WRIT 5: Rhetoric and Disability
Dartmouth's liberal arts curriculum requires first-year students to take Writing 2-3 or Writing 5. This term, I took Writing 5: Rhetoric and Disability with Professor Annika Konrad. Although I wasn't particularly thrilled to tackle another onslaught of essays, I immediately took a liking to our intimate classroom, tucked away on the third floor of the Berry-Baker Library (3FB).
Over the next nine weeks, I learned more about my 16 classmates and my professor. I know Ryan from Minnesota likes skiing; Woojin from Indiana plays for the Dartmouth Symphony Orchestra, and Jenna from New Hampshire is on the pre-med track. The strong relationships we formed made it easier for us to engage with and critique each other's essays.
Annika (she insisted that Professor Konrad was too formal) also made an effort to get to know her students. She asked us for potential baby names, showed us pictures of her cat, and told us that this was her first year teaching at Dartmouth. Annika also mentioned that she is a person with low-vision, which makes it difficult for her to identify faces. Thus, rather than raising our hands, we adopted a system where we would state our name and then contribute to the conversation. Many of my peers and I agreed that this system was not only freeing but also helped us create a more accessible, inclusive environment.
The course was structured around three major works of writing. During the first two weeks, we wrote a critical personal narrative. We were asked to read an Opinion article, write a rhetorical analysis of the piece, and then combine our rhetorical analysis with a personal narrative. I used Howard Axelrod's New York Times article "Seeing Outside the Disability Box" to frame my personal struggle to define disability. Then, we began the month-long process of drafting a research paper that makes an argument about the rhetoric of a disability or accessibility problem. I argued that Confucianism portrays disabled people as subhuman, which has caused widespread discrimination against Chinese children.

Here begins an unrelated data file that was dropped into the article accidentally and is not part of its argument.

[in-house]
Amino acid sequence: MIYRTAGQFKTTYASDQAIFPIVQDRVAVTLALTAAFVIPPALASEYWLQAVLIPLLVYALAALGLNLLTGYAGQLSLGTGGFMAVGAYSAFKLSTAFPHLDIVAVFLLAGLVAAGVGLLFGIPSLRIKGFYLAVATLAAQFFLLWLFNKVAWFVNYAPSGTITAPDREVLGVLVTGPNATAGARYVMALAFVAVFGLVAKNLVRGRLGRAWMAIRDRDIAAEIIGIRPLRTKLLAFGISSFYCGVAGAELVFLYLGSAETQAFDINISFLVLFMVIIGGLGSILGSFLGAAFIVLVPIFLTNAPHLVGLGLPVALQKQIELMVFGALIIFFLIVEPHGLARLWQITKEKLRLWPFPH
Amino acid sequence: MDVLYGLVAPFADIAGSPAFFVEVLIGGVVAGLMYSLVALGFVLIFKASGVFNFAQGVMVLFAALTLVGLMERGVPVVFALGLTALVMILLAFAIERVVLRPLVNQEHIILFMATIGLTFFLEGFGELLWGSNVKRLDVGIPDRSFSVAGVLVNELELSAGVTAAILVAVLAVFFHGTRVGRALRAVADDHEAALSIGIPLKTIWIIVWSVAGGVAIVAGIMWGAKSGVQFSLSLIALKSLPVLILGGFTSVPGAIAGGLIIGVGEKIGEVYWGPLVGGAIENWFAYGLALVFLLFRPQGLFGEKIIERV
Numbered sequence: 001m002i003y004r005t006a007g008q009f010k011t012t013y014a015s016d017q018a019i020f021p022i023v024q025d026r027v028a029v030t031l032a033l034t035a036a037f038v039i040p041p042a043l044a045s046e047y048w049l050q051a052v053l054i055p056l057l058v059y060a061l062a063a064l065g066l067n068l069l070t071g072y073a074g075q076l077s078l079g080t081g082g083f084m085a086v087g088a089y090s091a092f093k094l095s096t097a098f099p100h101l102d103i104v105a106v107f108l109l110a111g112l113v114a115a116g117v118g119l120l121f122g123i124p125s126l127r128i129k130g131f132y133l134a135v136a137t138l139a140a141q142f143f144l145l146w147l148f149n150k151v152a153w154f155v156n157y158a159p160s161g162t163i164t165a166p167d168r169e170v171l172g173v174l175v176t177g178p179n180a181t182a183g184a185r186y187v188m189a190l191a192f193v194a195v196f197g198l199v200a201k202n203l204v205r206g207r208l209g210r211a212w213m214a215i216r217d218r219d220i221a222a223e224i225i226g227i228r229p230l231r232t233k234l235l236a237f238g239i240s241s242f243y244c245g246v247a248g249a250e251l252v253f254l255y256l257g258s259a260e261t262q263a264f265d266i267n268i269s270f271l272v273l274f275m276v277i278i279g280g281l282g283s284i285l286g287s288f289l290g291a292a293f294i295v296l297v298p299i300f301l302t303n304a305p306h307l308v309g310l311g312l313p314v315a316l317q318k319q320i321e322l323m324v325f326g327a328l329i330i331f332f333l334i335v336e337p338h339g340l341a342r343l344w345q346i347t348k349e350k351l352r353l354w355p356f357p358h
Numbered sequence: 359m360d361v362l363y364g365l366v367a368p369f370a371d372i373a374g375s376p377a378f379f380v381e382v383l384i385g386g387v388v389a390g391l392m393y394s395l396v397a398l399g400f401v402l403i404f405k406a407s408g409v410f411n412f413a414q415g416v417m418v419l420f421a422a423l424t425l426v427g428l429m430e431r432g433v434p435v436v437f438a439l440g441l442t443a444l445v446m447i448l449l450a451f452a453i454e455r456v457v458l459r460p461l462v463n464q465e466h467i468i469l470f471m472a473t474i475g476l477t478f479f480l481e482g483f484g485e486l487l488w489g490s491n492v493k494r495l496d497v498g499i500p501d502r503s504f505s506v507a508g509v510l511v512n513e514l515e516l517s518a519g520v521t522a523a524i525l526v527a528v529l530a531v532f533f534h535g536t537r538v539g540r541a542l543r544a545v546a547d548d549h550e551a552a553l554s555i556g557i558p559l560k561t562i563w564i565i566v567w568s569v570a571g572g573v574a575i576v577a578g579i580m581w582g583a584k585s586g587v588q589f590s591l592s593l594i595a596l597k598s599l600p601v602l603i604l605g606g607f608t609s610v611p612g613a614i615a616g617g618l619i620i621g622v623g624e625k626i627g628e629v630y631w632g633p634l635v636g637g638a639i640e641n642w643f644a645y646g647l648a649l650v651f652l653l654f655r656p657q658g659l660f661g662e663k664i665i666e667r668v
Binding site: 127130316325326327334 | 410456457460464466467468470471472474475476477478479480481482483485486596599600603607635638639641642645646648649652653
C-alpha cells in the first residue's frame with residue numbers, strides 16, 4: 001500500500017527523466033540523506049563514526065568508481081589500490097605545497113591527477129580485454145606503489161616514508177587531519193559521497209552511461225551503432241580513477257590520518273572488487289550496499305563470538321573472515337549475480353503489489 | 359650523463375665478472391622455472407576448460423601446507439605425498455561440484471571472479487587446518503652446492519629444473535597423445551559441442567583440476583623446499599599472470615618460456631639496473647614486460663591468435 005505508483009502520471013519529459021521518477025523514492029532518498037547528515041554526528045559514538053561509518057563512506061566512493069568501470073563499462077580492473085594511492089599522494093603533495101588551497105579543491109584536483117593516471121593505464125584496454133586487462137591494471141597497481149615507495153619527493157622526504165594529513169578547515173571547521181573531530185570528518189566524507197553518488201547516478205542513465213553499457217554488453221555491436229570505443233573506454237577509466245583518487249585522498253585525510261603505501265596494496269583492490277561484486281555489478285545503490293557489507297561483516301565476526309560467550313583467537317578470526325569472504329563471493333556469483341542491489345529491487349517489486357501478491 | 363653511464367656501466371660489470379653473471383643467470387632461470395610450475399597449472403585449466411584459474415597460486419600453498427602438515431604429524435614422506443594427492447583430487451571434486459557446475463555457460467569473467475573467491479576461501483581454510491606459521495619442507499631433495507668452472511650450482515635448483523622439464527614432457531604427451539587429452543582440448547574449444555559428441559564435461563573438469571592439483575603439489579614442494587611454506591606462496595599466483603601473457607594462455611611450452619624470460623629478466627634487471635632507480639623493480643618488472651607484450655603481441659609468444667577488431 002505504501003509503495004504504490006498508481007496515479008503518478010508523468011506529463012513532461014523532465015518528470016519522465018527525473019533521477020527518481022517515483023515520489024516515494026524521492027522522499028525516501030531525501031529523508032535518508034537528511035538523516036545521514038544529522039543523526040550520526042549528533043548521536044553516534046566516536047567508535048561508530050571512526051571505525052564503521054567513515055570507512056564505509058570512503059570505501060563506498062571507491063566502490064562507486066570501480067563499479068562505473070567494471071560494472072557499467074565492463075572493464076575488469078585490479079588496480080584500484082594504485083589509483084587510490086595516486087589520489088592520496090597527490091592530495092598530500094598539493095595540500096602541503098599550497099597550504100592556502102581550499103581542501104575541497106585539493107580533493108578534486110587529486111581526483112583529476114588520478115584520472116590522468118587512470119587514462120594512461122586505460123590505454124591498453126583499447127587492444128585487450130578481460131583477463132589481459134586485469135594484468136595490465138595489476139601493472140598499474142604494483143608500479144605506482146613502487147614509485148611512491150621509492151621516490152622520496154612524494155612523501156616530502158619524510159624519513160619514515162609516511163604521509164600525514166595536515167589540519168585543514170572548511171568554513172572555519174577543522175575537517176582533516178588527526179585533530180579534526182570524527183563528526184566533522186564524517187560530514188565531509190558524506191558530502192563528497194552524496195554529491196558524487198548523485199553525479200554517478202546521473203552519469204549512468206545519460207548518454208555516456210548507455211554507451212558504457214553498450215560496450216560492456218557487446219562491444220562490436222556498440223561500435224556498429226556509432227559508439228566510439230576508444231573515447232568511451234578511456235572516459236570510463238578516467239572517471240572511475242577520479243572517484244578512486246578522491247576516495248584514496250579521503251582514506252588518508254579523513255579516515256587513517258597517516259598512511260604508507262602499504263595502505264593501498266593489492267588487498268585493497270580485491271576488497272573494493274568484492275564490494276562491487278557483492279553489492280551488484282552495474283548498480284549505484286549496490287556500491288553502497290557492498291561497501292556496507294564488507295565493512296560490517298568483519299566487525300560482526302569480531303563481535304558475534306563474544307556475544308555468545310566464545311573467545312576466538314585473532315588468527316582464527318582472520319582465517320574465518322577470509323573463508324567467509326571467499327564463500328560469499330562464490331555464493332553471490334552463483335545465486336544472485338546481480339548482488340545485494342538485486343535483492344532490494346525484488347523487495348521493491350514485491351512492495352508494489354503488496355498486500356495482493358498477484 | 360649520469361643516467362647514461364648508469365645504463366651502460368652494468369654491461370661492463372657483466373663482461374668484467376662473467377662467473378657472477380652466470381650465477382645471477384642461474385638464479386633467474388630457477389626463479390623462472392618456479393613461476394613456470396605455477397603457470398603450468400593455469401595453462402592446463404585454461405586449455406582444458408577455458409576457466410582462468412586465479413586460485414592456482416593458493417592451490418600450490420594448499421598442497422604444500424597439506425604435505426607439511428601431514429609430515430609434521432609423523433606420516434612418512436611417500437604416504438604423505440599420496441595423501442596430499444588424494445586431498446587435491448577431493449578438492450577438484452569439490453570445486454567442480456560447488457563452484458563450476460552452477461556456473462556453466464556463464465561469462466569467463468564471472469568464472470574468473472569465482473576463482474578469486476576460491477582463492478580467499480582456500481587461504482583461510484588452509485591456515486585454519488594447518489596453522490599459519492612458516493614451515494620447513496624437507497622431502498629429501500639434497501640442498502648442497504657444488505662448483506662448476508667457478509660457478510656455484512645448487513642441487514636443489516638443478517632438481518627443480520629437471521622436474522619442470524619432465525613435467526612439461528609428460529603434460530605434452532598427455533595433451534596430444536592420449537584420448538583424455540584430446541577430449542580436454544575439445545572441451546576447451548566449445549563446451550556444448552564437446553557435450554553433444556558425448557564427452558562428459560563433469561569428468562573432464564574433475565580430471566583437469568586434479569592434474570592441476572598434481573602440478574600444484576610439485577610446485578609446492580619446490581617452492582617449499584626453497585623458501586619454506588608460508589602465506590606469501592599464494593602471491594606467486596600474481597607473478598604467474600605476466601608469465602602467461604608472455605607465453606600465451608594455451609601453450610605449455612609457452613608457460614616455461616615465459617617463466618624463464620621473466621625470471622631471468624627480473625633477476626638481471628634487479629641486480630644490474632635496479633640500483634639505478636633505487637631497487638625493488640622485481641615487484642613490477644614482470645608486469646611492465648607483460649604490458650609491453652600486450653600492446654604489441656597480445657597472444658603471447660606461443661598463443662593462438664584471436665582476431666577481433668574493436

You may be worried that you have never done these types of writing in high school. I know I never wrote a research paper in high school. I also had no clue what a critical personal narrative was. However, Professor Annika was extremely helpful in guiding us through the writing process. She assigned short assignments to help us brainstorm ideas, held mandatory 30-minute writing conferences for each student, and offered open office hours twice a week. Regardless of how much writing experience you have, Dartmouth professors are equipped to give you the support you need.
These last two weeks, we have been working on creating a final portfolio on DartWrite. (DartWrite is a Dartmouth initiative to give every student a WordPress website to showcase anything you create from math proofs to musical compositions to class essays.) This has been my favorite assignment thus far. Feel free to read it here! I'm definitely looking forward to tackling the second part of my writing requirement, the first-year seminar, and adding to my portfolio.